Severe problems can occur if the moisture content of veneer is too high or too low. If veneer with too high a moisture content is used for production of furniture panels and the furniture is then used in a dry environment (such as an air-conditioned or centrally heated building) it will dry out and shrink significantly, resulting in splitting and cracking.
The moisture content of the veneer should be measured with special moisture meters available for measuring veneers. It is important to use correction factors for various veneer species. These can be obtained from any supplier of moisture meters. If the moisture content of veneers is too high they should be re-dried.
|Madison (WI) Area Technical College is the site for a Veneer Seminar, on March 22, 9:30 a.m. - 2:00 p.m. Conducted by Stiles Machinery and National Casein Co., "Tips & Techniques for Working with Veneers" is free, but you must register at stilesmachinery.com/events|
There are various methods that can be used for re-drying veneers and which keep them flat. One method is to put a stack of veneers in a warm press (slightly above room temperature) and leave them overnight. Another method is to put a few sheets of veneer in a hot press (about 60°C) for 2-3 hours, between two pieces of dry, absorbent board, which will remove excess moisture.
Flattening of Veneers
One of the main prerequisites for good veneering work is that the veneer must be flat. However, veneers often buckle or warp in various ways. The primary causes of general buckling of veneer are tension wood in hardwoods, compression wood in softwoods, irregular grain and non-uniform drying. In all cases, buckle is caused by unequal stresses across or parallel to the grain of a sheet of veneer.
Buckled veneer can be flattened by various methods, which are based on the application of moisture, heat and pressure. The most commonly used method involves applying a mixture of water and glycerin to the veneer to dampen the wood. Various proportions of the two liquids are recommended and a solution of 10% glycerin to 90% water is usually used.
A sheet of dry absorbent material (e.g. particleboard, brown kraft paper) is inserted between every 6-10 sheets of veneers (depending on the species and its density) to absorb excess moisture. The veneer is then kept flat in a warm press. The time in the press can be varied, but two hours at 60°C is thought to be adequate, provided sufficient absorbent material is included within the stack in the press.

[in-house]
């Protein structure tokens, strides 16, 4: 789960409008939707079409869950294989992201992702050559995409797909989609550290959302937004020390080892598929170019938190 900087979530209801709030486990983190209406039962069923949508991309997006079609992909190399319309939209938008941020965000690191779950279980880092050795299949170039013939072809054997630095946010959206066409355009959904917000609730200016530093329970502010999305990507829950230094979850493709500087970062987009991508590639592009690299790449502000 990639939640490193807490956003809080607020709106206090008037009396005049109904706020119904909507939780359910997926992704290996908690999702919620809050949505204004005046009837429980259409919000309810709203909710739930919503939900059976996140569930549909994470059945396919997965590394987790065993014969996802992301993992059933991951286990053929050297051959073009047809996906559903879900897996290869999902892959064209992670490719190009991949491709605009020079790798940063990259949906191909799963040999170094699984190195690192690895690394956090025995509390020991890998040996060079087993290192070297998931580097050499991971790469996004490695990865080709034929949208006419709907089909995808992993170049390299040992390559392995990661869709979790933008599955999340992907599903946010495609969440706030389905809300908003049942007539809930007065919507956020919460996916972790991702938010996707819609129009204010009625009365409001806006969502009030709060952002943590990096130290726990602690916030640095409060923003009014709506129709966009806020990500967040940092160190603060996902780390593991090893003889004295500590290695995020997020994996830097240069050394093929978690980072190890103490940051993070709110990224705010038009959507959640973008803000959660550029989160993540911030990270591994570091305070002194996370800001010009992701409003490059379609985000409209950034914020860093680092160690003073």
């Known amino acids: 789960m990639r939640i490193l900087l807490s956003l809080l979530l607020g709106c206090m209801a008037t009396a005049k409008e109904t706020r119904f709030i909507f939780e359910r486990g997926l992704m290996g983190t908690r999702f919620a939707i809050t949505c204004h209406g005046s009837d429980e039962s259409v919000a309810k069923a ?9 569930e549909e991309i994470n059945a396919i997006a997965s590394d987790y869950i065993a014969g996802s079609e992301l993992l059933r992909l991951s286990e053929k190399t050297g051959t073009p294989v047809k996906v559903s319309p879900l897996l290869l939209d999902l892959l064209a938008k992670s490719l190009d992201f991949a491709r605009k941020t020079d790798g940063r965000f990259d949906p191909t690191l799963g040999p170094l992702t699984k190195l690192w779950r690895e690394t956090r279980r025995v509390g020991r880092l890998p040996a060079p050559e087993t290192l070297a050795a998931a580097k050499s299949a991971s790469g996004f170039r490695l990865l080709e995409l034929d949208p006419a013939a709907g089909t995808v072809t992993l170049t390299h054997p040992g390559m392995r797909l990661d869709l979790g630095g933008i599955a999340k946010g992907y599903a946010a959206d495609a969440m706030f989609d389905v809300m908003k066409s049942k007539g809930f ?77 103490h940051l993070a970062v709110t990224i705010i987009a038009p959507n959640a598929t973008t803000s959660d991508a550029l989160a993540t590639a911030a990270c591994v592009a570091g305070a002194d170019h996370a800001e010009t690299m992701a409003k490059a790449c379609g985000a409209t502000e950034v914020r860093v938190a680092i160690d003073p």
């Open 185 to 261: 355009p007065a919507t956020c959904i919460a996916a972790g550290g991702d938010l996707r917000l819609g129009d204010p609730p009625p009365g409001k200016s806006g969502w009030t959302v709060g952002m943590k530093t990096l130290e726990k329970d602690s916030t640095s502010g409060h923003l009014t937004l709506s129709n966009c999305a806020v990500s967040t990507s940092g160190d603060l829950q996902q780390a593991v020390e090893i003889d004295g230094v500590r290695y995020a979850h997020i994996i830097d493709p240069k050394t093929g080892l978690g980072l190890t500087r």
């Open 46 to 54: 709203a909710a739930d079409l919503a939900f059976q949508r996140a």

Laying burls and curl veneers can cause difficulties because their surface usually is not flat, but presents a mass of brittle knots and short fibers. These veneers are often dried with a slightly higher moisture content than ordinary veneers, which makes them less likely to crack or break in handling.
However, it is almost impossible to prepare and handle burl veneer with low moisture content. To overcome this problem, the veneers need to be dampened to make them more flexible prior to flattening and, unless they are dried carefully, this treatment can increase the risk of cracking in later stages.
There are methods of flattening burls while minimizing the risk of cracking. The most effective procedure is:
■ Dampen every third or fourth veneer in a stack of 10 to 12 with a sponge or rag dipped in water.
■ Wrap stack in a plastic film for 24 hours to enable all veneers to reach equilibrium
■ After removing veneers from plastic film, place a panel of a dry particleboard in the center of the stack.
■ Lightly press the stack in a heated press at 800°C for two hours.
■ After removing the stack from the press, remove dampened particleboard from the center and replace with a similar dry panel.
■ Place stack under a light pressure between two panels of dry particleboard or plywood in a dry atmosphere for one or two days.
Sourcing sheet veneer, so different than buying lumber or panel, is almost as labor -intensive as its manufacture, involving much hand work and individual inspection.
Great for sourcing veneers in the U.S. is RedbookOnline.com, with listings of commercial veneer providers broken down by:
Pressure Sensitive Veneer
Veneer Rolls (natural/pre-finished)
Flexible sheets (pre- or unfinished)
RedbookOnline.com also lists veneer sources grouped under more than four dozen wood species, indicating which suppliers carry them.